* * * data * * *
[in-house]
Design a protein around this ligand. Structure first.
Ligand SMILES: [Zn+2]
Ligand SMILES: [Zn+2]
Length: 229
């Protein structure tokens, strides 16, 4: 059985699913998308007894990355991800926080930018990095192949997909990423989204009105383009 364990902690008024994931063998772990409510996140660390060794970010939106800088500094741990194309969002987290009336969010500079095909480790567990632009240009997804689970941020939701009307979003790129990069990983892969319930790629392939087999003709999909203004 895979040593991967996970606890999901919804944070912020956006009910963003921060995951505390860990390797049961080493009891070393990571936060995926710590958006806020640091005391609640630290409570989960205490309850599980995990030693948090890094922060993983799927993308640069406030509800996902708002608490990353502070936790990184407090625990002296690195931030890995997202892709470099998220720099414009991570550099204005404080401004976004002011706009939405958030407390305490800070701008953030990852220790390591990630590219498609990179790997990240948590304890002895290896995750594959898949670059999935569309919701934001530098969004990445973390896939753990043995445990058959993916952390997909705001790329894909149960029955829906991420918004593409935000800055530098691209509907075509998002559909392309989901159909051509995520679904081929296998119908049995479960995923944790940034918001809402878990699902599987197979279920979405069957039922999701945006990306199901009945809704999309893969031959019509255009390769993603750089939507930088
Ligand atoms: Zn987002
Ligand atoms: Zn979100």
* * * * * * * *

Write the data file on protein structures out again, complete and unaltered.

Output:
[in-house]
Design a protein around this ligand. Structure first.
Ligand SMILES: [Zn+2]
Ligand SMILES: [Zn+2]
Length: 229
């Protein structure tokens, strides 16, 4: 059985699913998308007894990355991800926080930018990095192949997909990423989204009105383009 364990902690008024994931063998772990409510996140660390060794970010939106800088500094741990194309969002987290009336969010500079095909480790567990632009240009997804689970941020939701009307979003790129990069990983892969319930790629392939087999003709999909203004 895979040593991967996970606890999901919804944070912020956006009910963003921060995951505390860990390797049961080493009891070393990571936060995926710590958006806020640091005391609640630290409570989960205490309850599980995990030693948090890094922060993983799927993308640069406030509800996902708002608490990353502070936790990184407090625990002296690195931030890995997202892709470099998220720099414009991570550099204005404080401004976004002011706009939405958030407390305490800070701008953030990852220790390591990630590219498609990179790997990240948590304890002895290896995750594959898949670059999935569309919701934001530098969004990445973390896939753990043995445990058959993916952390997909705001790329894909149960029955829906991420918004593409935000800055530098691209509907075509998002559909392309989901159909051509995520679904081929296998119908049995479960995923944790940034918001809402878990699902599987197979279920979405069957039922999701945006990306199901009945809704999309893969031959019509255009390769993603750089939507930088
Ligand atoms: Zn987002
Ligand atoms: Zn979100």